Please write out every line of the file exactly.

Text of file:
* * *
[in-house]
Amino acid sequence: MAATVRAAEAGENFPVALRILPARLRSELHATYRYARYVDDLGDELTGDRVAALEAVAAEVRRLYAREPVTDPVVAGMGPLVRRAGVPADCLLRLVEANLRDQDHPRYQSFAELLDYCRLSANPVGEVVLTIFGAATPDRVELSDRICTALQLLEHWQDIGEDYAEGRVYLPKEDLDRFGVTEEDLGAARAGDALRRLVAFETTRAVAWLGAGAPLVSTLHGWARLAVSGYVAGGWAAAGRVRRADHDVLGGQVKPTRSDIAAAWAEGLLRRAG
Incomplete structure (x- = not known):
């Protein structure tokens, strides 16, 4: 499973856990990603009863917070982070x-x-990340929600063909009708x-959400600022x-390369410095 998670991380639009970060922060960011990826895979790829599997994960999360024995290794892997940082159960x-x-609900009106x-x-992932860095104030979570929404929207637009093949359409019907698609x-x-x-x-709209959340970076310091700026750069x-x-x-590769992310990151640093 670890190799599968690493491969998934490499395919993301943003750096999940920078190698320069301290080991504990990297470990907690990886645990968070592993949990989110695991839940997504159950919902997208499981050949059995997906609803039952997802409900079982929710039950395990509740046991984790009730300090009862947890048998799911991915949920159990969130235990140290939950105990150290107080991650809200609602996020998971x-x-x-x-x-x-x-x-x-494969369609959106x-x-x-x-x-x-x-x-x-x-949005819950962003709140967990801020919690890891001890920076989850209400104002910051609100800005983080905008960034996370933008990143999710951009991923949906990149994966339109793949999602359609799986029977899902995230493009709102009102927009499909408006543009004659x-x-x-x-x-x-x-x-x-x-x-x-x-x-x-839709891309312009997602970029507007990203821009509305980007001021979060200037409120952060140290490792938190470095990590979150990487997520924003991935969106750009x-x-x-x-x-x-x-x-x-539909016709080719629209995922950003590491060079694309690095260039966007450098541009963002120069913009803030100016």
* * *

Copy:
[in-house]
Amino acid sequence: MAATVRAAEAGENFPVALRILPARLRSELHATYRYARYVDDLGDELTGDRVAALEAVAAEVRRLYAREPVTDPVVAGMGPLVRRAGVPADCLLRLVEANLRDQDHPRYQSFAELLDYCRLSANPVGEVVLTIFGAATPDRVELSDRICTALQLLEHWQDIGEDYAEGRVYLPKEDLDRFGVTEEDLGAARAGDALRRLVAFETTRAVAWLGAGAPLVSTLHGWARLAVSGYVAGGWAAAGRVRRADHDVLGGQVKPTRSDIAAAWAEGLLRRAG
Incomplete structure (x- = not known):
């Protein structure tokens, strides 16, 4: 499973856990990603009863917070982070x-x-990340929600063909009708x-959400600022x-390369410095 998670991380639009970060922060960011990826895979790829599997994960999360024995290794892997940082159960x-x-609900009106x-x-992932860095104030979570929404929207637009093949359409019907698609x-x-x-x-709209959340970076310091700026750069x-x-x-590769992310990151640093 670890190799599968690493491969998934490499395919993301943003750096999940920078190698320069301290080991504990990297470990907690990886645990968070592993949990989110695991839940997504159950919902997208499981050949059995997906609803039952997802409900079982929710039950395990509740046991984790009730300090009862947890048998799911991915949920159990969130235990140290939950105990150290107080991650809200609602996020998971x-x-x-x-x-x-x-x-x-494969369609959106x-x-x-x-x-x-x-x-x-x-949005819950962003709140967990801020919690890891001890920076989850209400104002910051609100800005983080905008960034996370933008990143999710951009991923949906990149994966339109793949999602359609799986029977899902995230493009709102009102927009499909408006543009004659x-x-x-x-x-x-x-x-x-x-x-x-x-x-x-839709891309312009997602970029507007990203821009509305980007001021979060200037409120952060140290490792938190470095990590979150990487997520924003991935969106750009x-x-x-x-x-x-x-x-x-539909016709080719629209995922950003590491060079694309690095260039966007450098541009963002120069913009803030100016």